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Okay... so directorik, what do you call a script that isn't a shooting script? What format would you say they are?

----

They don't call it a format in that interview because they aren't asked what format should someone write an episode to an already existing show if they wanted to get a job there. The answer to that question would be "Spec Script".

----

I can share a link too. http://filmschoolonline.com/sample_l...son_format.htm

----

Even if you're paid to do the writing... you still write a spec script because it's not an actual shooting script, it's not the final product. Unless of course you were paid to write a shooting script. It's a speculation of the final product.

Last edited by SkyCopeland; 03-14-2016 at 08:43 PM.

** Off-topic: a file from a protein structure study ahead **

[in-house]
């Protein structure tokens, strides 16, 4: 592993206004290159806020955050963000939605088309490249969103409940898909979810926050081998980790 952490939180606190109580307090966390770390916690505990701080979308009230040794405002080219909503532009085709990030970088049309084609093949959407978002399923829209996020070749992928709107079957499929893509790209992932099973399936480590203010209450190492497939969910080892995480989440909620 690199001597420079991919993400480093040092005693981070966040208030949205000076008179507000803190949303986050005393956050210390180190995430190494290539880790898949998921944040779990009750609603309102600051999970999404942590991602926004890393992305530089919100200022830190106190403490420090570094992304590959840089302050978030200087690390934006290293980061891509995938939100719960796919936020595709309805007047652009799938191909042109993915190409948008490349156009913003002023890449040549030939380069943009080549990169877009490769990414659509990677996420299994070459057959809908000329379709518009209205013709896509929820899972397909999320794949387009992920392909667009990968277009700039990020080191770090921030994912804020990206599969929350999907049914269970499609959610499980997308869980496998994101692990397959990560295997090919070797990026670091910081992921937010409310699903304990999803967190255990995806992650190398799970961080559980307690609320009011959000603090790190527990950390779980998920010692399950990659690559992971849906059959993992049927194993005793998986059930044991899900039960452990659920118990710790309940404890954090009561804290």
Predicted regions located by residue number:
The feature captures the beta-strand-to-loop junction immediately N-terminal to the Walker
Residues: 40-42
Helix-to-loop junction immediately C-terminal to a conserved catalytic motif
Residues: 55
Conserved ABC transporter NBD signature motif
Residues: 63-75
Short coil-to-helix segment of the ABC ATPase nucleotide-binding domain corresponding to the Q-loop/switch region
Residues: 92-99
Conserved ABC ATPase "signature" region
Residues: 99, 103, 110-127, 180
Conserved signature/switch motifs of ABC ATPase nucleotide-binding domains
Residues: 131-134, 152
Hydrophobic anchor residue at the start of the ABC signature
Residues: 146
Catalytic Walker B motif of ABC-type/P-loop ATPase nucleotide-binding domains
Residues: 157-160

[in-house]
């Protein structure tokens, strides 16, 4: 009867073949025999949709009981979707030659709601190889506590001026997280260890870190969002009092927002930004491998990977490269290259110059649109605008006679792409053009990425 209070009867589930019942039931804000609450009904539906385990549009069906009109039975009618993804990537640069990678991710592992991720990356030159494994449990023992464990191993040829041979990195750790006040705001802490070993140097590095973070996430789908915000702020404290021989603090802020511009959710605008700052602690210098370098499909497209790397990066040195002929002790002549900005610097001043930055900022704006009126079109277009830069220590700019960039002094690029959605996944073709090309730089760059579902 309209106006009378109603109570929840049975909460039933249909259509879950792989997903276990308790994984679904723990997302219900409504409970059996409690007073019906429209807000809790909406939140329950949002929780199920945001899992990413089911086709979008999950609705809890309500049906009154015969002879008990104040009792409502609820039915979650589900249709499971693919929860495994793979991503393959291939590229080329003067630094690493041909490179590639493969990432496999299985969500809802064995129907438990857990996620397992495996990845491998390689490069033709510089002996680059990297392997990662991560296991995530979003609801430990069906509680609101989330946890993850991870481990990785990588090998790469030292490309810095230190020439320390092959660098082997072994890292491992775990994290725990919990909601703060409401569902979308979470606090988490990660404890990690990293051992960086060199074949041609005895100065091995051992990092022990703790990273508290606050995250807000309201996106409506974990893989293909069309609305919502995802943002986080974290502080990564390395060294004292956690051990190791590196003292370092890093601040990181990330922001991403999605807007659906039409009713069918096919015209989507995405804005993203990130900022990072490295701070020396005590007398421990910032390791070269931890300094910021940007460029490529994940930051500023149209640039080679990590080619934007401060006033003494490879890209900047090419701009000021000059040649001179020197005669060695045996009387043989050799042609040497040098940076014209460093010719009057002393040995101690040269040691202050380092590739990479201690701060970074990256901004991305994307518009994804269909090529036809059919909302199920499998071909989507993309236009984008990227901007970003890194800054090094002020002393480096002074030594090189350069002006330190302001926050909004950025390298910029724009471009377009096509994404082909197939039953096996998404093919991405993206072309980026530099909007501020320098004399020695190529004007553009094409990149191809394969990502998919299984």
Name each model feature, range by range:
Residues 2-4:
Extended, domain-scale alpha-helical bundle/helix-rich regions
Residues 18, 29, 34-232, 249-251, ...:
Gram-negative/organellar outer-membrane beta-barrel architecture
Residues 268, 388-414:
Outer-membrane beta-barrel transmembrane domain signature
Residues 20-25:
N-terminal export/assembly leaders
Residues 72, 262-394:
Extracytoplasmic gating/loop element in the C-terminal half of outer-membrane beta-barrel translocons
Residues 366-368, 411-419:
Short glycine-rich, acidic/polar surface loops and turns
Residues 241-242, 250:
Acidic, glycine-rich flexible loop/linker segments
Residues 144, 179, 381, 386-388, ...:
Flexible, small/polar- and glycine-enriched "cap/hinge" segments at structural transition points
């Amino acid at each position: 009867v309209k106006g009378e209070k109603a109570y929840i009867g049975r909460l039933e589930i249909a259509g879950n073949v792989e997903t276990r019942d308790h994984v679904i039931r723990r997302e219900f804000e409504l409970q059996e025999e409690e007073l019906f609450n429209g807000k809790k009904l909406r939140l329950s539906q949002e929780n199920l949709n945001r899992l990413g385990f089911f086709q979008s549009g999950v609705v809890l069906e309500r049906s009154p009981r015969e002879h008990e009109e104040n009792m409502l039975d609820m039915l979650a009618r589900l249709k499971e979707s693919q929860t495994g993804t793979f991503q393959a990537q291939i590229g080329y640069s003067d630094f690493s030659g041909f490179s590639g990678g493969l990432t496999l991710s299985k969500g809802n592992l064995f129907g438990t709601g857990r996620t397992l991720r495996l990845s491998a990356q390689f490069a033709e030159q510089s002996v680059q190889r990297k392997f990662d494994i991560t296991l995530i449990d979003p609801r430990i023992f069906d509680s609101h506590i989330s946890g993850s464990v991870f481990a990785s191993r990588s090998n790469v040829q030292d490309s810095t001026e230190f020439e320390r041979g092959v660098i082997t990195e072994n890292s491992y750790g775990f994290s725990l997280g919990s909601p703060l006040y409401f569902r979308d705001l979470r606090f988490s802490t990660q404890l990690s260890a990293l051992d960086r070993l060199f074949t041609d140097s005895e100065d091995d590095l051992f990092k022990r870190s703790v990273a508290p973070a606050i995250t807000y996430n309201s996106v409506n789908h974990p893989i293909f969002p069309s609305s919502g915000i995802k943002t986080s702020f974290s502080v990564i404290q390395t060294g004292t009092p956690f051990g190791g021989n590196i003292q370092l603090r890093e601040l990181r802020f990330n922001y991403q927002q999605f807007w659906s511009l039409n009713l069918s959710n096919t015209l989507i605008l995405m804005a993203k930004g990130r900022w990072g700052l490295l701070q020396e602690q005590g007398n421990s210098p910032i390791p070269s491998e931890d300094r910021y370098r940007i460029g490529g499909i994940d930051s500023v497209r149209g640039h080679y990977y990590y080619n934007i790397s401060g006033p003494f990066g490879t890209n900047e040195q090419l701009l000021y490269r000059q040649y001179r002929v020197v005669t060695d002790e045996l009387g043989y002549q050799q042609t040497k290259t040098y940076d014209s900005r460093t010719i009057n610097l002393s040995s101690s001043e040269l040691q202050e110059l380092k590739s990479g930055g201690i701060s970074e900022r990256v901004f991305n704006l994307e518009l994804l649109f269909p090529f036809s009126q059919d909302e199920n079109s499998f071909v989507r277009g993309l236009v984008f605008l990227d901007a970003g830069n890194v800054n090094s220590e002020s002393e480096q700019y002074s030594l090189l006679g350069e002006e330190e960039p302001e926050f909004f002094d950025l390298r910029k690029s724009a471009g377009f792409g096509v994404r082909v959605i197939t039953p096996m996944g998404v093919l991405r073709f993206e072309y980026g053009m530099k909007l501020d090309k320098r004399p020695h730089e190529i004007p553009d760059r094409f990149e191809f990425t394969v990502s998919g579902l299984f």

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Old 03-14-2016, 11:13 PM   #18
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Quote:
Originally Posted by SkyCopeland View Post
Okay... so directorik, what do you call a script that isn't a shooting script? What format would you say they are?
I would call a script that isn't a shooting script a screenplay or teleplay.
I would say the format is "screenplay" format. It can't be a spec script
if it is already sold before it is written.

From the filmschoolonline link:
"Spec scripts are scripts written on the speculation of a future sale."
So what is a script that is already sold before a writer writes a page?

A shooting script is used during production. I agree. So what is a script that
is NOT a shooting script but not written on the speculation of a future sale?
filmschoolonline doesn't seem to have a term for those scripts.
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Old 03-15-2016, 12:06 AM   #19
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But as I said, that Clockwork Orange one is a fake, written as a spec script.

I'm sure Kubrick's script was a shooting script to begin with. However, if the film were to have a spec script, that surely would be what it would look like.

-------------